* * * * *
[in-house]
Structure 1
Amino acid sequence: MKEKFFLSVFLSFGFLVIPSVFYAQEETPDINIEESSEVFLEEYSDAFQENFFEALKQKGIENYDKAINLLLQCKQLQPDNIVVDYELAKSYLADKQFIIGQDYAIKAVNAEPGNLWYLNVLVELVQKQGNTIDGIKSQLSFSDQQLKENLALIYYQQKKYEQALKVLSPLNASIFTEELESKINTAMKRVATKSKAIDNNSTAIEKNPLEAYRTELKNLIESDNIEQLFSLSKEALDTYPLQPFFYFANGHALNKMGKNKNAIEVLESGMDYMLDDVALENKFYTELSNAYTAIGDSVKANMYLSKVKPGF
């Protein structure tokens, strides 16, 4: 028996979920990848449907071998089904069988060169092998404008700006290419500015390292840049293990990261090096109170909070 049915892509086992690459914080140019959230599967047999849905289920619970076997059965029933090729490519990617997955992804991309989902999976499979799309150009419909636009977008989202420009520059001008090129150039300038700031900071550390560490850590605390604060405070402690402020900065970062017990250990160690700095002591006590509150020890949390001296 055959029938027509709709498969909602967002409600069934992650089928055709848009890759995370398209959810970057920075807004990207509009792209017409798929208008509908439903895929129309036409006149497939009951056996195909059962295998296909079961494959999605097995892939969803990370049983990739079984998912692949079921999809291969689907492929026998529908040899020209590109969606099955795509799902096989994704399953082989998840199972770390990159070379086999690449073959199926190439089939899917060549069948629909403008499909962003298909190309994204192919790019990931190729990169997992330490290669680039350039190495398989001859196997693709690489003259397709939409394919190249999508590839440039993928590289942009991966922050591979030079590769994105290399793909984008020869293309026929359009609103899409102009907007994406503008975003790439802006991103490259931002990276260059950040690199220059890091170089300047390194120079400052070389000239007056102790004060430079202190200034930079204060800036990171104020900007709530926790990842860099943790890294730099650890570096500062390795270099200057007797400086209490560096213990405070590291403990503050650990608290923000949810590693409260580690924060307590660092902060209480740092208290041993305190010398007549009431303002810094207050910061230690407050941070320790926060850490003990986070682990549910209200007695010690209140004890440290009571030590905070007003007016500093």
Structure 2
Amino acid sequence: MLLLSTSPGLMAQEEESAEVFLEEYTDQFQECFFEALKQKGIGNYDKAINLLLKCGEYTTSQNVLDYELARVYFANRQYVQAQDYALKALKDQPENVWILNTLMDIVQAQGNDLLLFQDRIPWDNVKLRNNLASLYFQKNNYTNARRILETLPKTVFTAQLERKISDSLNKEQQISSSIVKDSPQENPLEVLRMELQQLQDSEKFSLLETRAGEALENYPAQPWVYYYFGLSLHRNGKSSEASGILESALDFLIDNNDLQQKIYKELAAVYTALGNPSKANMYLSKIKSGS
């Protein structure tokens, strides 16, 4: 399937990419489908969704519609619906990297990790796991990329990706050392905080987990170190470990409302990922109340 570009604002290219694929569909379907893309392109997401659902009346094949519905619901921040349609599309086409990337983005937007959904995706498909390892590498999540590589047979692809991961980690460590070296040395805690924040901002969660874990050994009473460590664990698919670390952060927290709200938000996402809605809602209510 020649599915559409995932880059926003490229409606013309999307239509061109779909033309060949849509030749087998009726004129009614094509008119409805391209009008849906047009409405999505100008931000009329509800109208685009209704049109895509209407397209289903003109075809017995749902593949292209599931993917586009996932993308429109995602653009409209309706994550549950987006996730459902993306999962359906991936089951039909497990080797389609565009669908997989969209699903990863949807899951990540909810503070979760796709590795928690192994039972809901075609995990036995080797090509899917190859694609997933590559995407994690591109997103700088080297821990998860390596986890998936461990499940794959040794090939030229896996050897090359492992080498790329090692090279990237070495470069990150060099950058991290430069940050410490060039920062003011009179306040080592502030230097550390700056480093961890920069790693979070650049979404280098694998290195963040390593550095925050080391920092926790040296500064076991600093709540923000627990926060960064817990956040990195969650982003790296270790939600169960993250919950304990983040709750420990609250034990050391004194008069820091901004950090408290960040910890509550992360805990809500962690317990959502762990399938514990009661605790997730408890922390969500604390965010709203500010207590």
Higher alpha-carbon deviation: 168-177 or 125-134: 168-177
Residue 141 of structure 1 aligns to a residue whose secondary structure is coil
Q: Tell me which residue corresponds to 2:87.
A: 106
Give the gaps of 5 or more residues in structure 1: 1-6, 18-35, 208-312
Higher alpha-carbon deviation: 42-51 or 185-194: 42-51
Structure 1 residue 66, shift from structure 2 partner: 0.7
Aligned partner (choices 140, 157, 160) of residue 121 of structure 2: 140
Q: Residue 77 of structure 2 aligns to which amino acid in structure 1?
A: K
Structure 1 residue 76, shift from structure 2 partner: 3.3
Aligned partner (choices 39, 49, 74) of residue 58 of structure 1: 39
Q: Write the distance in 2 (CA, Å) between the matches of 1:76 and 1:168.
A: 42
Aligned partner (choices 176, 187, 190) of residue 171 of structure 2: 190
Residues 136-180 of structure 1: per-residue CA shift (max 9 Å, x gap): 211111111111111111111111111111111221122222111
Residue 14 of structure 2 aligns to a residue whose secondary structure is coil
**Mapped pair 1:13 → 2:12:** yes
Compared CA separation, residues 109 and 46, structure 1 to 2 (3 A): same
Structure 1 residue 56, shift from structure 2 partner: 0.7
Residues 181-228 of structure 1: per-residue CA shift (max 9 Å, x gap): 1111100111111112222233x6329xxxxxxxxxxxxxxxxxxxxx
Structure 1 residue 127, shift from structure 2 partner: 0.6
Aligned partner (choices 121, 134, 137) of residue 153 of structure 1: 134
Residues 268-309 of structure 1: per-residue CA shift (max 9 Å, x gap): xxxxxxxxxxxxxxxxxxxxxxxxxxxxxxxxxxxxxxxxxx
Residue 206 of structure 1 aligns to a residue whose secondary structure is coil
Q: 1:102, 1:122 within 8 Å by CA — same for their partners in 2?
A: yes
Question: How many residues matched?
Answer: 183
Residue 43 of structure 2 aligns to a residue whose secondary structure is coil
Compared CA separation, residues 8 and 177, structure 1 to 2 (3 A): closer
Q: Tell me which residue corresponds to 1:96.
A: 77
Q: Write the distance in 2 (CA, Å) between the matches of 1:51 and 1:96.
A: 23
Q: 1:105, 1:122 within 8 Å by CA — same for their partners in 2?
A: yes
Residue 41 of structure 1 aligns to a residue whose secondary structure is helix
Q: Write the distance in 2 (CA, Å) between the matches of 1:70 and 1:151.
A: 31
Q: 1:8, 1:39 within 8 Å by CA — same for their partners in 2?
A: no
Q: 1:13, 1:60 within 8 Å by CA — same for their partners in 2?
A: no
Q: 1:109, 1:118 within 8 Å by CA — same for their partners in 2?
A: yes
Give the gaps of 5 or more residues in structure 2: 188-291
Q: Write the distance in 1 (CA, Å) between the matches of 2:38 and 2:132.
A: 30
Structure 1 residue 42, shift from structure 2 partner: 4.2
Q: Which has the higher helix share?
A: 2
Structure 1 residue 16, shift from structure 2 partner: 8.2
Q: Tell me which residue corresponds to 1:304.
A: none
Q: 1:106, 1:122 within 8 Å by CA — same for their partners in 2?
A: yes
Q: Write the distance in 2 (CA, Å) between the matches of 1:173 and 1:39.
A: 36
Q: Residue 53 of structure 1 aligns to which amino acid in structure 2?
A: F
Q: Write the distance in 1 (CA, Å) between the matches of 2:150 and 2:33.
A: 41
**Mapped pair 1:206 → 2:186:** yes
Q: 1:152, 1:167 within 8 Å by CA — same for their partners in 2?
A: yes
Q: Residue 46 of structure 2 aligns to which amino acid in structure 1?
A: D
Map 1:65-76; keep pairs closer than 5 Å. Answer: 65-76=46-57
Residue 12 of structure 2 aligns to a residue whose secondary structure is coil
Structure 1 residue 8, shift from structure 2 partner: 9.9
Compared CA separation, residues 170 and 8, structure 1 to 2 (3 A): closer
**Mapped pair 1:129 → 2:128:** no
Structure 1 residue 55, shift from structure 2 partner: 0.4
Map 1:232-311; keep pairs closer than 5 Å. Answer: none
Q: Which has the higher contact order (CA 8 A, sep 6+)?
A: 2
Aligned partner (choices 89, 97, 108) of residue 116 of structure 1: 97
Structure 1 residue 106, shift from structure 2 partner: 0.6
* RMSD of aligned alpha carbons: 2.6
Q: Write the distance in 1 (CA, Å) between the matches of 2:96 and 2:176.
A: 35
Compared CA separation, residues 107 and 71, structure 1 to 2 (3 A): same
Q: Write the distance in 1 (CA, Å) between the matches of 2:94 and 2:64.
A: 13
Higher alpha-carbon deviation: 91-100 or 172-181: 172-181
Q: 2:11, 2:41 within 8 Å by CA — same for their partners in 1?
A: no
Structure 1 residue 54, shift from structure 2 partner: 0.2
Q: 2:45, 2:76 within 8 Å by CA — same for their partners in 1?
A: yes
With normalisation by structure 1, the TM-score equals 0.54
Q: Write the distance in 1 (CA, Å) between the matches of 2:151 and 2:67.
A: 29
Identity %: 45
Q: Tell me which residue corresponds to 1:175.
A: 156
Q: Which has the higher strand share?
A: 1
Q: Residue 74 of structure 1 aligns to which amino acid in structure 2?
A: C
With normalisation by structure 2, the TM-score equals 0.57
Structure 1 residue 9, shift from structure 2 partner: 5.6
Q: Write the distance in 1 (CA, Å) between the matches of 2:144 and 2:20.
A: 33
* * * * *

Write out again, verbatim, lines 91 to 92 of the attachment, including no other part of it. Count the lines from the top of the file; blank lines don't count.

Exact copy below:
Q: Write the distance in 1 (CA, Å) between the matches of 2:94 and 2:64.
A: 13